THROUGH THE WOODS, INTO THE RIVER

Sunday afternoons bring our family to a State Park for our weekly walk. Last Sunday, my husband drove us to Sweets Knoll State Park in Dighton. That the park had access to the Taunton River made all of us excited to visit it. As soon as we got to the path to the woods, the children ran like deer to look for the river bank. Unfortunately, the nearest access was already occupied by a couple of young fishermen. Disappointed, the older boys continued on the trail with their daddy and baby brother not too far behind. Their yells echoed in the woods. I found them almost crawling, grasping on roots and rocks, to get to the top of the steep hill. I chose the easier way by walking on the nearby path. Soon, we abandoned it to dive into the woods, poison ivy and thorny vines notwithstanding. Even the 18 month old did his share of walking, stopping every now and then to admire a bug or anything that caught his fancy. There were no boulders to scale nor fallen trees to climb in this place, but there was a river to find so we went deeper and deeper into the woods only to find our way blocked by cattails.

Lichen covered trees
witness to passing summers
roots digging deeper

The Taunton River

 

We retraced our steps, thinking of going home. I was far behind as usual, taking pictures upon pictures of the Turk’s Cap Lilies that we found earlier, Queen Anne’s Lace, and other wildflowers. The hum of the roads around the park and the voices of my children surrounded me in the quiet meadows. When I caught up with them, my boys were hunched over the waters of ย a hidden pond, fascinated by the frogs and tadpoles in the water. The sight of my family enjoying a moment together reflected in the water lit up by a late summer sun entranced me.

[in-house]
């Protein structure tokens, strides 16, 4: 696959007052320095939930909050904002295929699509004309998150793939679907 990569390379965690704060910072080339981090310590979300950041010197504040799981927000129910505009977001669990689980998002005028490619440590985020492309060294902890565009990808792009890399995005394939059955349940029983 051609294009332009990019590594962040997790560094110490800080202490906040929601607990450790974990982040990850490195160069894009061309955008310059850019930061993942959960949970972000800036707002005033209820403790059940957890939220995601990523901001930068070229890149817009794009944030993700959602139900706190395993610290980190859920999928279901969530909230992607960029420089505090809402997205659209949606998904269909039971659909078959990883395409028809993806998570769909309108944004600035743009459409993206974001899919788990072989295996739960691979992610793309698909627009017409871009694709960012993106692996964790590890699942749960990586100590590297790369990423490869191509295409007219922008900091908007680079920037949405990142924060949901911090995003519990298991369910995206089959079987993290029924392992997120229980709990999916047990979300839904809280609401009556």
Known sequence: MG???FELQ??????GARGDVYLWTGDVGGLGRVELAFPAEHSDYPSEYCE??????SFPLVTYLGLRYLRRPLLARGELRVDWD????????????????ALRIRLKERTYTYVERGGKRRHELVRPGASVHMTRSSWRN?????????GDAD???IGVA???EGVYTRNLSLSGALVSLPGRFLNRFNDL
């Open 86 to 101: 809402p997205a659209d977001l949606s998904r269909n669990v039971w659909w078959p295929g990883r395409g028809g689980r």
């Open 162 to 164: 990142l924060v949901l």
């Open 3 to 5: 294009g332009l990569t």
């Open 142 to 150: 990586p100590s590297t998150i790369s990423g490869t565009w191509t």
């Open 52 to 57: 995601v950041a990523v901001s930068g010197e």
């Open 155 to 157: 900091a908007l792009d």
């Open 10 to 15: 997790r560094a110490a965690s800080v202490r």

Birdsongs in the air
harmony of solitude
temper sultry winds

My eldest child was not giving up. Instead of heading to our car, he lead us to another path in the park. Once more, we entered the woods and moving further on, we found the river. The boys slid down as fast as they could to the mud flats. Squeals of delight greeted me as they overturned rocks and picked up tiny crabs which they triumphantly showed to me. Soon, we were skipping rocks and competing about who could make the most ย skips. We threw as many rocks as we could, stopping only when boats and jetskis roared by. The waves they created sloshed towards us and made our dog go wild.

River rushing by
emptying out to the sea
carrying the sun

For DVerse’s Poets Haibun Monday

Also linking with JANSENPHOTOS’S TUESDAY PHOTO CHALLENGE – WOODS

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22 comments

    • Thanks you, Beverly. I am glad you enjoyed the post. Sometimes, I wonder, too, what information ancient trees have. Their memories are considerably long. ๐Ÿ™‚

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